That is not my point, however. The bottom line is that you can't retroactively discipline someone without proof that what they did was illegal.

IMO there is absolutely no justification for the MLBPA to oppose mandatory drugs tests.
Even if you take away the fact that using drugs is considered cheating by every other major sport in the world, 'roids (and other performance enhancing drugs) should be banned.

The UK's top sprinter, Dwaine Chambers was found to have used THG at a track meet last year, and has just been banned from competing in Athletics for two years - and banned from the Olympics for life.

This despite the fact that THG wasn't even on the Banned Substances list at the time he took the test he was later found to have failed.
He also denies being aware of what he was taking in his 'supplements' from his trainer.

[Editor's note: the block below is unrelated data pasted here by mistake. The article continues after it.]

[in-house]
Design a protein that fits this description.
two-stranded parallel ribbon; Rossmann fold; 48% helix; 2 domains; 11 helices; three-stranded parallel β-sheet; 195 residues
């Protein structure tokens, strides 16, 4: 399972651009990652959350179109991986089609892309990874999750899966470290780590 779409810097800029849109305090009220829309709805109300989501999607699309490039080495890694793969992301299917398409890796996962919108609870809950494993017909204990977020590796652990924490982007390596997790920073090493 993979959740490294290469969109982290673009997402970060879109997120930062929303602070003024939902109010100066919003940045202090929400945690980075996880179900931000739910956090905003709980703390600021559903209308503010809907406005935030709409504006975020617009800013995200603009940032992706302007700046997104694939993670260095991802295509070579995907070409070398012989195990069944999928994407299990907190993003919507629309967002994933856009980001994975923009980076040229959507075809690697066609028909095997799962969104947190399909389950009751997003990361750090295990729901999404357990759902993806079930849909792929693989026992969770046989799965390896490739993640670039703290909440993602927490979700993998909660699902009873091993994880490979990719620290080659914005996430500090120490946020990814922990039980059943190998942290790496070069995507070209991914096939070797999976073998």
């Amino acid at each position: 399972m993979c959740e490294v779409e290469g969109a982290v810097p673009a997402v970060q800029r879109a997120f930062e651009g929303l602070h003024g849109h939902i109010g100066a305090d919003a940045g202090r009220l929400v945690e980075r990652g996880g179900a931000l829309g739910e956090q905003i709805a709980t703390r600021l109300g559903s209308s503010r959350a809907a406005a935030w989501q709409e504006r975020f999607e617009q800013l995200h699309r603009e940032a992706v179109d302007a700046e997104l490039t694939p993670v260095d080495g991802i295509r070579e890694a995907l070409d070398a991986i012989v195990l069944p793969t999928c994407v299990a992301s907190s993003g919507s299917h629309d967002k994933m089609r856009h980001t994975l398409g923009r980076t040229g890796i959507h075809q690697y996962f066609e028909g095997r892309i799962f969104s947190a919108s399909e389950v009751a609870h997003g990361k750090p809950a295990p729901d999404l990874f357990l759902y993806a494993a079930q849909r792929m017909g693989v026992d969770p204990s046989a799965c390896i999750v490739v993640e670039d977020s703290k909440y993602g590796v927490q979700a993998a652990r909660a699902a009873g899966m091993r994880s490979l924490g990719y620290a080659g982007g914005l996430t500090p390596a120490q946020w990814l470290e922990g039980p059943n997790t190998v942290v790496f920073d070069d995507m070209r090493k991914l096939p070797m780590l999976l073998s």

So yes, in Sports you can be retroactively disciplined for something that wasn't technically illegal at the time of your offence.

I believe he's now looking for a gig in the NFL (yeah, like he can just jump straight into the game at the professional level without ever having played it. Muppet.).

Athletics is trying to make sure that it is clean, and that the fans know that the performances that they see are the result of talent, dedication and hard work, rather than being able to afford a better Chemist than your competitors.

I would even argue that, if anything, prevention of steroid abuse is actually in MLBPA members' interests (and not the owners') - presumably less juicers means less HR's which means less bums-on-seats, but less juicers also means less health problems for ex-MLB stars (and less incidences of wife-beating and other violent behaviours that bring the sport and its players into disrepute).

When there are so many kids going to watch Sports, idolising their sporting heroes, and wanting to be like them, which message do you think the athletes should be seen to give out: